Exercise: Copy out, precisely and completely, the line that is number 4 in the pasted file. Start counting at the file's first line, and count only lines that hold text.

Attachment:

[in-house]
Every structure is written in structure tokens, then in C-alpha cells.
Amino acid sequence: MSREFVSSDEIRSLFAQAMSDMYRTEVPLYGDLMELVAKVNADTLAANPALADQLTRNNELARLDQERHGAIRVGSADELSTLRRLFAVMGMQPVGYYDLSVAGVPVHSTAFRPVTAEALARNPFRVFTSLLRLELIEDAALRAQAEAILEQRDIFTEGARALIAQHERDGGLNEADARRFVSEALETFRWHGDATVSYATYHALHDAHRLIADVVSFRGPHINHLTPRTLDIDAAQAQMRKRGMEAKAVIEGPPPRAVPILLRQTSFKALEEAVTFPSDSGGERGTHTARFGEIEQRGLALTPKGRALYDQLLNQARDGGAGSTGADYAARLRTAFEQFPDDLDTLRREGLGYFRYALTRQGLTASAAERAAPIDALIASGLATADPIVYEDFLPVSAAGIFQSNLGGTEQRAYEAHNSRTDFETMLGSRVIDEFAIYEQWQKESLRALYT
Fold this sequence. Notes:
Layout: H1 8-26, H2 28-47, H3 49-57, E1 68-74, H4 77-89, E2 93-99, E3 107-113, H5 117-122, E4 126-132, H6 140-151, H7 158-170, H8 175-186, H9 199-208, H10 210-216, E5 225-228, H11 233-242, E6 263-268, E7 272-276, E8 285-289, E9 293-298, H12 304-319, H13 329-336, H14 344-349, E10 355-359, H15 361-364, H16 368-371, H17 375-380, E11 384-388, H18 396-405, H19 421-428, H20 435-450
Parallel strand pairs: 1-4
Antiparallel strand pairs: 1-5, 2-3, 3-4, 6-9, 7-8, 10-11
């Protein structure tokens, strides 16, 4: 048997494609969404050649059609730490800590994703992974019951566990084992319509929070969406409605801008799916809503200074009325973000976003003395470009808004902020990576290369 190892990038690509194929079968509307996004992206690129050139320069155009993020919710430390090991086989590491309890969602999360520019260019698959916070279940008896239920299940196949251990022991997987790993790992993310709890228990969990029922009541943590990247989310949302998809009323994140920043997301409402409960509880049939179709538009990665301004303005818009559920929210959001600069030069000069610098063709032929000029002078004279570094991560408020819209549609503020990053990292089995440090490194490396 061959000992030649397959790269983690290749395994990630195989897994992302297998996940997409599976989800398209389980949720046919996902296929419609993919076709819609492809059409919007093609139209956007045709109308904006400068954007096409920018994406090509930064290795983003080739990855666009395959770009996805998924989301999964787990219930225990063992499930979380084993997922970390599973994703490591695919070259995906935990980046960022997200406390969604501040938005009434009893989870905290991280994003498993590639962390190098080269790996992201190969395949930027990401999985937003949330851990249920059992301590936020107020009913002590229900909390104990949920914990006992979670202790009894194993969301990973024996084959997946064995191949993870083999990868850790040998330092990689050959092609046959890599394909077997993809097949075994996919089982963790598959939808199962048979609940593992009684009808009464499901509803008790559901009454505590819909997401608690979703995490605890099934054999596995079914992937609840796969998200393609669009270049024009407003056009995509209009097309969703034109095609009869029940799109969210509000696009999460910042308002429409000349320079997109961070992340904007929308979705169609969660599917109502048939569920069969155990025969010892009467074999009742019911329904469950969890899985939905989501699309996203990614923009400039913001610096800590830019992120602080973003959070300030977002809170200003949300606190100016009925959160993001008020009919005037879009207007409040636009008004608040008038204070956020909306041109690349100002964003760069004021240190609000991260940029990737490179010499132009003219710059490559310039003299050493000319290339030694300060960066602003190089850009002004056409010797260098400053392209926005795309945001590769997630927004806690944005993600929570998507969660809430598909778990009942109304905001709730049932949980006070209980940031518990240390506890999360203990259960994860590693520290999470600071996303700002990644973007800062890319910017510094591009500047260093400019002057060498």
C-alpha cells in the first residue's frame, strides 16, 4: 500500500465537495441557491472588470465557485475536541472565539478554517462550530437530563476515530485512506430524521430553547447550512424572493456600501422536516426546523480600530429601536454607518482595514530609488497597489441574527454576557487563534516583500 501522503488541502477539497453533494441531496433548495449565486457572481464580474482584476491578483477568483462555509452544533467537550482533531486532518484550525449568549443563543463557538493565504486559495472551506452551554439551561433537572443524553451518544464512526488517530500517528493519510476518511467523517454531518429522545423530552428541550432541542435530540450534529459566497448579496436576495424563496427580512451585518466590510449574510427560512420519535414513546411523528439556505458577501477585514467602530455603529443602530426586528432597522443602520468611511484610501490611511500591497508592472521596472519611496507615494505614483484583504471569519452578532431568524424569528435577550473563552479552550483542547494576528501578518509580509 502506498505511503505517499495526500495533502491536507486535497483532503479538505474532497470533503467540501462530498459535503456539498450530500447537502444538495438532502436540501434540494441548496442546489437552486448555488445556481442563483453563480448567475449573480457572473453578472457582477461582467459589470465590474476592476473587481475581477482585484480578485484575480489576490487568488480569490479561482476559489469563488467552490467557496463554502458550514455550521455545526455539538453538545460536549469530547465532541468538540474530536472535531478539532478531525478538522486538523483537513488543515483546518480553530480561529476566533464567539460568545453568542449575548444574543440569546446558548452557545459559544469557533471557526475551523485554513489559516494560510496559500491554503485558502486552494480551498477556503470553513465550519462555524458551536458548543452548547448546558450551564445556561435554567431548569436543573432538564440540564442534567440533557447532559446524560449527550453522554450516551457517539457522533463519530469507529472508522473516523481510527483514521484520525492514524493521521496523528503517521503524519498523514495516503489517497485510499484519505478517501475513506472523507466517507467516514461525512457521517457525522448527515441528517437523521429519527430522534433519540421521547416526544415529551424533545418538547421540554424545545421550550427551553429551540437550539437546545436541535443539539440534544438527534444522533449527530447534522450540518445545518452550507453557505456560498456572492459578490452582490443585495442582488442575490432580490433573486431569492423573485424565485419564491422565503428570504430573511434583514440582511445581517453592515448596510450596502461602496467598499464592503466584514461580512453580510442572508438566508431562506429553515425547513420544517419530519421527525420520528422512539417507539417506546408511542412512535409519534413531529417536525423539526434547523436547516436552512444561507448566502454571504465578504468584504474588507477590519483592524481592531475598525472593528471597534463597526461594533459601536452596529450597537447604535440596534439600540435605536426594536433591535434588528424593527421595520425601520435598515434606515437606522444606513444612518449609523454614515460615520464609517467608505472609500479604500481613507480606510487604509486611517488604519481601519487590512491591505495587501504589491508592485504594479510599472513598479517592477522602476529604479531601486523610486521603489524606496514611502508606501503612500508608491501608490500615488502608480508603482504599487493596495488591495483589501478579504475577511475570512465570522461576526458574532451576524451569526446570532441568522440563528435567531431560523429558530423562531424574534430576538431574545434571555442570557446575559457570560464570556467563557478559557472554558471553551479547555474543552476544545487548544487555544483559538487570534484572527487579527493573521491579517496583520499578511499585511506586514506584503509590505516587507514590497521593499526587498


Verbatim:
Fold this sequence. Notes: